Professor Cope Vs. Professor Marsh


Marsh’s trip into the Sioux Badlands in 1874 had been accomplished at great peril to the scalps of the entire party, and was permitted only after he had promised the great war chief Red Cloud that he would go to Washington to find out why wretched rations and moth-eaten blankets were being distributed to starving, freezing Indians by venal Indian agents. It was a promise that raised him to as great prominence with the public as his work with horses had with scientists. He unearthed the scandals of the so-called Indian Ring, although in the long run the lot of the Sioux was not much improved.

Professor Marsh had been elected to the National Academy of Sciences in 1874. His exposure of the frauds on the Indians made him a nationally known figure. As a result, although a member only four years, he was elected vice president of the Academy. It seemed at best a hollow honor, but the death of the long-time president, Joseph Henry, almost immediately elevated him to the position of acting president of the institution created by Congress in 1863 to provide it with technical advice. This came on the eve of one of those rare occasions when the Academy was actually asked for such advice.



Through most of the decade of the seventies, three and sometimes four different surveys, each supported by a different branch of the federal government, were operating in the vast area west of the hundredth meridian. Cope had worked for two of them at different times, those directed by Ferdinand V. Hayden and George Wheeler. Marsh was associated with the one operated by Clarence King. Mostly through the influence of Huxley, although King was a fellow classmate from Sheffield at Yale, it was already arranged that the monograph on birds with teeth would appear as one of the publications of King’s Report of the Geological Exploration of the Fortieth Parallel . A relative newcomer was the fourth survey under the direction of Major John Wesley Powell, the one-armed veteran of Shiloh celebrated for navigating the Colorado through the Grand Canyon. Powell, like Marsh, was inclined to make common cause with King.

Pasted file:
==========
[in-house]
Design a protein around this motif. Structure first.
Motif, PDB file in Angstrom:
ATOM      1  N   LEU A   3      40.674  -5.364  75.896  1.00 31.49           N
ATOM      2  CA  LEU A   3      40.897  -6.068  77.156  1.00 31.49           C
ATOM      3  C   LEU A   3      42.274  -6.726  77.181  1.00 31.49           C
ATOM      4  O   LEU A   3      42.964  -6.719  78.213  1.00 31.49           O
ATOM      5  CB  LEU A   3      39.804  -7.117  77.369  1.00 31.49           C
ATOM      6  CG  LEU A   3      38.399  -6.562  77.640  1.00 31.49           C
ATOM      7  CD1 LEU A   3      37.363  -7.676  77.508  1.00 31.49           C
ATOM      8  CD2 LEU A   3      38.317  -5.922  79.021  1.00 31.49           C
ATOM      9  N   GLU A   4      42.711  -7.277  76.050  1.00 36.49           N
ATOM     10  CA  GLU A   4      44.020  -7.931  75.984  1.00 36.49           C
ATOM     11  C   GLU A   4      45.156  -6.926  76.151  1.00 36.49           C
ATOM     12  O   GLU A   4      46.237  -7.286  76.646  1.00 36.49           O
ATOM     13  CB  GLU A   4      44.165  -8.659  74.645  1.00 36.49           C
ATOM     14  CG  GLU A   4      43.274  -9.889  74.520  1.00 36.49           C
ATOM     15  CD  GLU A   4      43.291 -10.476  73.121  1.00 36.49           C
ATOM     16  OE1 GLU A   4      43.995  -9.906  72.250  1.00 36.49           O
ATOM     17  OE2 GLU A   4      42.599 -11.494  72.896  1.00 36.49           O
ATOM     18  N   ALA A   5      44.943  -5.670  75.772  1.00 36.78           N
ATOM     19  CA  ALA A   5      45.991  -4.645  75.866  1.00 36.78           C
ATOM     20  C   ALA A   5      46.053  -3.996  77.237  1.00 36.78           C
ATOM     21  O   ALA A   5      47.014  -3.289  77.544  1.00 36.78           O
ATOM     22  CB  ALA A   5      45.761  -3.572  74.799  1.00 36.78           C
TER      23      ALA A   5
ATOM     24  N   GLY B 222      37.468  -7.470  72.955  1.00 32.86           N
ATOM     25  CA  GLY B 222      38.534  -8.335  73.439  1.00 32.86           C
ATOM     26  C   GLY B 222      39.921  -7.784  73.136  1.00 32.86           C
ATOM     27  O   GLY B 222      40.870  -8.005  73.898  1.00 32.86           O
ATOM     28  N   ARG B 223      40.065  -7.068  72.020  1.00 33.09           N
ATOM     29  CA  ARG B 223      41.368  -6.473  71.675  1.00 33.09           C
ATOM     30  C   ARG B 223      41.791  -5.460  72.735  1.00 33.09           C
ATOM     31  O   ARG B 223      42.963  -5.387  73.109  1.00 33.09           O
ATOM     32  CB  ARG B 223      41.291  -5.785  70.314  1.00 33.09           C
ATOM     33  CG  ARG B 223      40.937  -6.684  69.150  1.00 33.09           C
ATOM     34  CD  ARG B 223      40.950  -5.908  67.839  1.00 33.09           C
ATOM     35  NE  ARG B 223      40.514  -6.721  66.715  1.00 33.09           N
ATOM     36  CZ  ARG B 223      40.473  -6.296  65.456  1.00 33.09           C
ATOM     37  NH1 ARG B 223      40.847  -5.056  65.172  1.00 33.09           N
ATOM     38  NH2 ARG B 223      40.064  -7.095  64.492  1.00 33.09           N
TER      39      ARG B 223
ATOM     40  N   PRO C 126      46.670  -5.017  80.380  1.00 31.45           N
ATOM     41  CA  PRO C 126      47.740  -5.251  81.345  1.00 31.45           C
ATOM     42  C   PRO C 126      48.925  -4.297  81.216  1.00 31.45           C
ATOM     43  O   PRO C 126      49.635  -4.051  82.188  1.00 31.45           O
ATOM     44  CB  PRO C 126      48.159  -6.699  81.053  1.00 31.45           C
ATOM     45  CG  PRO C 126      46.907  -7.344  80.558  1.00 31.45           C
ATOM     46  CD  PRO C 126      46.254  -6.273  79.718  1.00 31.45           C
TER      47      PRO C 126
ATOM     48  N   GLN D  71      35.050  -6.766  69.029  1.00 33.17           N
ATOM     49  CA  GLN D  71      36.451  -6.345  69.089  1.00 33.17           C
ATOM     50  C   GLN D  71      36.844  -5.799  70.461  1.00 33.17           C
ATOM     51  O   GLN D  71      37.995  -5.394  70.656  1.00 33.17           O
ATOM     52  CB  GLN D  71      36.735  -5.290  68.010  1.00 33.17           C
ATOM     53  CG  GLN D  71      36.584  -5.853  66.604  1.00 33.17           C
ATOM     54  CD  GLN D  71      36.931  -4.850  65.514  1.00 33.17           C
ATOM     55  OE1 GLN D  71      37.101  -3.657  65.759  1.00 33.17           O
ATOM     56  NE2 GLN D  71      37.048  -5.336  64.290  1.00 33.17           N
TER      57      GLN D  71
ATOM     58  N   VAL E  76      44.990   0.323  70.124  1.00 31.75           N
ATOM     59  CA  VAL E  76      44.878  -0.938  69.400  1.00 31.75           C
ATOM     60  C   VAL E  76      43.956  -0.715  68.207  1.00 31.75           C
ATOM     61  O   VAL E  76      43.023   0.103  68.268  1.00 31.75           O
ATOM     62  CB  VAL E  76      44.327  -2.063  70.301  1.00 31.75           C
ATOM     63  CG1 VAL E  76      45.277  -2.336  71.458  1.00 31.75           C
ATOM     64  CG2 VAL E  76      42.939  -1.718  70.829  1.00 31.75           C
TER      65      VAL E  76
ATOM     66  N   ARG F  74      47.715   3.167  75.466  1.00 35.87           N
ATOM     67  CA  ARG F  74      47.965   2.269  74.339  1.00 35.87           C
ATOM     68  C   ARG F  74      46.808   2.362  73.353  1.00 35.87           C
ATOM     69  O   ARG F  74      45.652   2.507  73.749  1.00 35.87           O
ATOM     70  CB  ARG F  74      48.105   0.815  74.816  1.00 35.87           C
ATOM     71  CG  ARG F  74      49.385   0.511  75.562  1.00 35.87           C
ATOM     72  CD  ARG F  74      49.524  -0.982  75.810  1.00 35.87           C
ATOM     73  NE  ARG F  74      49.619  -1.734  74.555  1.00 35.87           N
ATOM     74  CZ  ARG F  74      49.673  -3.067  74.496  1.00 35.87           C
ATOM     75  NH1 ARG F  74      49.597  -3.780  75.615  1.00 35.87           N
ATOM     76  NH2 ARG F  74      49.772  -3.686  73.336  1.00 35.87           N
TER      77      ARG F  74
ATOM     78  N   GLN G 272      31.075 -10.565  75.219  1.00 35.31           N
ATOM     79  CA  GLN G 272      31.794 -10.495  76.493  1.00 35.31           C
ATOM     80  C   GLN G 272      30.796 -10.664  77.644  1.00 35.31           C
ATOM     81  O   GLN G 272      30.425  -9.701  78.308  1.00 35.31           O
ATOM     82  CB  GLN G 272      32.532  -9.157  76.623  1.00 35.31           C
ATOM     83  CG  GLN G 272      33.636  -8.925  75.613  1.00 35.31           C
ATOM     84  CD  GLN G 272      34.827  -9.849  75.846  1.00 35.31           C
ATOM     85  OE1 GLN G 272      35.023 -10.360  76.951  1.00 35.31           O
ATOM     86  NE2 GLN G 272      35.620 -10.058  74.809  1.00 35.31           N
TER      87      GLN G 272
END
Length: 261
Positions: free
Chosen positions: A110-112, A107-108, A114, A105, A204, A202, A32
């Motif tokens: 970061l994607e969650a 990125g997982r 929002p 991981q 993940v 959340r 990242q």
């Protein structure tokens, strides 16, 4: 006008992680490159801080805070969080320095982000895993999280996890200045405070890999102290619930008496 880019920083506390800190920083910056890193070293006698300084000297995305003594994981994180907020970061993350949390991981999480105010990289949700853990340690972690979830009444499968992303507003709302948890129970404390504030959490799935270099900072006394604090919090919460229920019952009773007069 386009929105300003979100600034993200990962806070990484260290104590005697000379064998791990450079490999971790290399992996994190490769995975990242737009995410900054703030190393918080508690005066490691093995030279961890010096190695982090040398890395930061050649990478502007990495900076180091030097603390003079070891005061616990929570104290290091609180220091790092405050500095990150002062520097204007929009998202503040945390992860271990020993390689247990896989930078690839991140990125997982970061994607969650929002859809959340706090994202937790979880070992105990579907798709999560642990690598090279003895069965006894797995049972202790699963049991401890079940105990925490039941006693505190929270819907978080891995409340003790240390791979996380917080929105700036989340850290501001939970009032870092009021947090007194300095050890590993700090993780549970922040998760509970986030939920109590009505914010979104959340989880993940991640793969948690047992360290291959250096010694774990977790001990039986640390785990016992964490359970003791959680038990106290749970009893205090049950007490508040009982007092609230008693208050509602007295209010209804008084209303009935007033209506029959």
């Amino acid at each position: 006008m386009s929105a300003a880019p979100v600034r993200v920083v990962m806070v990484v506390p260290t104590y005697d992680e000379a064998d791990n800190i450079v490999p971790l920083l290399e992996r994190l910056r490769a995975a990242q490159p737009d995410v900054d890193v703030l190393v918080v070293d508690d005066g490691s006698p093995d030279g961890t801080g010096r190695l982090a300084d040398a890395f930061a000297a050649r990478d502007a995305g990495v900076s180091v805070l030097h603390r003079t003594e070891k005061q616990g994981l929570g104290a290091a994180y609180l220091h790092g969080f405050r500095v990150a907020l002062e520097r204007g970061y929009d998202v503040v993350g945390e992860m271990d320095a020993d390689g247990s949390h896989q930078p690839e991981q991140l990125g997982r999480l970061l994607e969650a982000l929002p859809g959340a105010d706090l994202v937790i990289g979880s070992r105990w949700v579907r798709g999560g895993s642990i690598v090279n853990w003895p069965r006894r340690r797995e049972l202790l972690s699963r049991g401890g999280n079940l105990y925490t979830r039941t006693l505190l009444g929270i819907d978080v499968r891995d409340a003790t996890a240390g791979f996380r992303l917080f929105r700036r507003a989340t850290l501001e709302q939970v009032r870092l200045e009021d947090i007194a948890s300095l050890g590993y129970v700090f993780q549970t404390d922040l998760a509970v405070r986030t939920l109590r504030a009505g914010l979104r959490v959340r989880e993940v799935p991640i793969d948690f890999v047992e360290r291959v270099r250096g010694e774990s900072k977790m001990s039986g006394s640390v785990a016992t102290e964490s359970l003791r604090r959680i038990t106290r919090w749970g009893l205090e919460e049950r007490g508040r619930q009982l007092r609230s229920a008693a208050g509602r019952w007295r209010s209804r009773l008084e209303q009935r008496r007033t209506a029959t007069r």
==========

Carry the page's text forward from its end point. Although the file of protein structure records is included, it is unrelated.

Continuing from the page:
“You know … how our government surveys have been fighting each other for years,” Marsh wrote in April, 1879. “Congress decided to stop it and referred the matter to the National Academy of Sciences of which I am at present the presiding officer. We proposed a plan of reorganization … after much opposition from Hayden and others … a new geological survey (in place of the three old ones∗) has been established with Clarence King as director. This a great thing for American science.”

∗King had retired from the field in 1873 and spent the rest of the decade preparing the results for publication.

Cope called it a “raid on the Surveys” and “a disaster.” He had done his best to ward it off. (“Did you authorize Cope to state in a letter to Congress that you were opposed to the Academy’s plan of National Surveys?” Marsh asked Joseph Leidy suspiciously [Leidy had not). “Cope mentioned [Spencer] Baird as one opponent, but he denied it strongly. … What is Cope up to at present?”) Cope had every reason to fight. The “survey in charge of Professor Hayden has been conducted in a liberal, catholic way,” he wrote in the Naturalist . It had also provided Cope with an economic base for the pursuit of his science and a means of publication. The new survey supported Marsh. After a year King resigned, but not before he had seen Powell appointed as his successor. Othniel Marsh became vertebrate paleontologist of the United States Geological Survey ( USGS ). In 1883 he became president of the Academy in his own right. He was now preeminent in the world of American science.

Hayden’s defeat changed the course of Edward Cope’s career. The loss of government support was disastrous. Before the decade of the eighties had advanced very far, he was trying to find a buyer for his precious collections. Before it had advanced very much farther, he had hit the lecture circuit to raise enough money to keep one or two collectors in the field. Finally, he was reduced to renting one of his houses on Pine Street and moving his family to smaller quarters nearby.

His attempts to find another paying position showed his error in not associating himself long before with an important college or university. In the final analysis. Marsh’s own rise to power rested firmly in that chair at Yale. The age of the university scientist had arrived, and Cope was an isolated individual. Even alone Cope was a force to be reckoned with, and he did have the Naturalist as a mouthpiece; but this was no substitute for the prestige and influence of a professorship at a good university.